According to the international sale of contract description, the seller (shipper/cargo-owner) is required to enter into an appropriate carriage contract with the carriers. The carriage contract between the shipper of goods and the carrier of which the bill of lading is evidence will be governed by the International Convention that is the Hague -Visby Rules. 12The Rules will prima facie have statutory application to every bill of lading relating to the carriage of goods between ports in two different states (Art X). Therefore, in the present case, the Hague-Visby Rules shall apply.
The relationships for the shipper and the carrier13 under the Rules The liabilities of a carrier under the Rules are relatively strict to protect the goods safely transferred from the seller to the buyer14. The cargo-owner also has liability under the govern of the Rules for the carriage of dangerous goods, the express provision is to be found in Art IV rule 615. It can be noted that the carrier’s consent to the shipment of the cargo has been obtained in ignorance of its inflammable, explosive or dangerous nature.
In such situation the carrier is not only to ‘land, destroy or render the goods innocuous without paying compensation but also he is not liable for all damages and expenses arising from such shipment16. What is classed as ‘dangerous goods’? there is no further provisions contained in the Rules 6. The common law involves a far wider definition of what constitute dangerous goods that a dangerous cargo is not in itself inherently dangerous but which may endanger the free movement of the ship then causing unreasonable delay.
The law relating to dangerous goods was recently reviewed by the House of Lords in Effort shipping Co. Ltd v Linden Management SA (The Giannis NK)18 ,where the Lords fully confirms the description of ‘dangerous goods’ within the meaning of article IV(6), Lord Lloyd said:: “It was settle law that the word ‘dangerous’…. must be given a broad meaning. Dangerous goods were not confined to goods of an inflammable or explosive nature or other like. Goods could be dangerous… if they were dangerous to other goods, even though they were not dangerous to the vessel itself.
‘Dangerous’ was not to be confined to goods which were liable to cause direct physical damage to other goods. ” Therefore, the Giannis NK established the broad meaning of ‘dangerous goods’ approach which is adopted by the HL for the concept of ‘dangerous goods’ at common law by Mustill J in The Athanasia Comninos19that ‘dangerousness’ is not an absolute quality only but it determines the distribution of risk for the consequences of a dangerous situation arising during the voyage.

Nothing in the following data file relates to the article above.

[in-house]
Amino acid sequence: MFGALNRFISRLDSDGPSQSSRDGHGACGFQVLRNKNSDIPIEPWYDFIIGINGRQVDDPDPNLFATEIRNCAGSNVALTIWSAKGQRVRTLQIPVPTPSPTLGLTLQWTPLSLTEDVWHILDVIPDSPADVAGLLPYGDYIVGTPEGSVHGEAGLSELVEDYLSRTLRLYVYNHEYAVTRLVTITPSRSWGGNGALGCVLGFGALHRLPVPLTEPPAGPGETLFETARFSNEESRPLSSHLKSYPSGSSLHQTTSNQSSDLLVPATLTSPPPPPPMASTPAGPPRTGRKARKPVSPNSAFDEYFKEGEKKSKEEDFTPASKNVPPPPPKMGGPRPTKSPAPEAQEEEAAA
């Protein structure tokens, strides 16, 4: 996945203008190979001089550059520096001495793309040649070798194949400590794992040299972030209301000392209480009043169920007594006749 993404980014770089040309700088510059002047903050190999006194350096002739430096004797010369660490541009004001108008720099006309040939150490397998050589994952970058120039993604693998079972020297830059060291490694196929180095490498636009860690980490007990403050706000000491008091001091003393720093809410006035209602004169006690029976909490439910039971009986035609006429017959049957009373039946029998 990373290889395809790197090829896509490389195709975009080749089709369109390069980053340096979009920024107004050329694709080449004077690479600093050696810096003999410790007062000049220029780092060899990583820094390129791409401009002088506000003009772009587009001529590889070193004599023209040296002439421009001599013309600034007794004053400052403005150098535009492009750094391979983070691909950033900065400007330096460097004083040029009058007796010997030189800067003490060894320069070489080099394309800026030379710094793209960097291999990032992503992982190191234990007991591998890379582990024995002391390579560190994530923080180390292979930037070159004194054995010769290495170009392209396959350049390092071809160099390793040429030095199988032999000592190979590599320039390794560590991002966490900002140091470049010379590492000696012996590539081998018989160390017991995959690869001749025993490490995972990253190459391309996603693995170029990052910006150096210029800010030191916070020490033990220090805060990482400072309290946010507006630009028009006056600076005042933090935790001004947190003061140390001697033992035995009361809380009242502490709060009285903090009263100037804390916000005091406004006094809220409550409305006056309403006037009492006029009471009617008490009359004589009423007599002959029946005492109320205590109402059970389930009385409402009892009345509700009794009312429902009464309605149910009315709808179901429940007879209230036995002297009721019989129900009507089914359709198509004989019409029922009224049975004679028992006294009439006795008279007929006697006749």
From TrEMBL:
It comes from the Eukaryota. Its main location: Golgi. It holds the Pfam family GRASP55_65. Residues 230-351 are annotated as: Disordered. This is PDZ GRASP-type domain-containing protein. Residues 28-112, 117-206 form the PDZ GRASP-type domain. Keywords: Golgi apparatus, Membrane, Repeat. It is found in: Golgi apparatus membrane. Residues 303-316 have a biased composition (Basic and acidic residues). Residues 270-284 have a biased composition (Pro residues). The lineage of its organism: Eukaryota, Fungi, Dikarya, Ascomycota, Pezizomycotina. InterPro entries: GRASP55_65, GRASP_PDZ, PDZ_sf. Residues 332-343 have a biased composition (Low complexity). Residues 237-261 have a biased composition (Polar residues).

The second provision of rule 6 further provides the carrier may take the same actions in respects of goods that become a danger to the ship or cargo even if shipment of goods with his knowledge and consent, without liability except to general average, if any. This part of provision can be understood in a case of Chandris v Isbrandsten-Moller Co Inc20, where the court held that the shipment of dangerous goods with the consent of mater did not preclude the shipowner’s right to claim damage against the shipper.
Article IV(6) provides a very strict liability for shippers to ship dangerous goods that the shipper alone is liable for all damages arising directly or indirectly from the shipment of dangerous goods. However, the application of Art IV (6) always remains the subject to the carrier’s overriding obligation to make the ship seaworthy under Art III r1. In the recent case of Northern Shipping Co v Deutsche Seereederei GmbH,21where the court held that supplying a seaworthy ship is an overriding duty which must pre-exist before the protective provisions in the Hague Visby Rules.
Therefore, the goods are classed as ‘dangerous goods’ within the definition of Art IV(6). Carrier may rely on Art IV(6) claim damage against cargo owner who ship dangerous goods. The facts in the present case are: 1) the initial combustion of goods in hold occurred arising from vibration of the ship because of heavy weather;2) the explosion of two bags of fertilizer become danger to other goods and the ship;3) the carrier discharges all goods in case of further endanger. It can be noted there are two causes resulting in the loss of goods, but it is important to decide which of them is the more dominant contributing to the loss.
The relevant fact also indicates that carrier had known the goods are ‘highly sensitive to vibration of any kind’ from the media report when he discharges all goods into the sea. If carrier could store the goods in the ship’s hold by an appropriate manner in the event of vibration by which the loss would not have combusted. Therefore, the dominant cause is that carrier’ failure to exercise his due diligence to make the ship seaworthy. As a result, he can not rely on rules 6 as a protective rule to claim any indemnity. Thus, I advice G, as a lawful holder of billing of lading to sue FL and claim damages.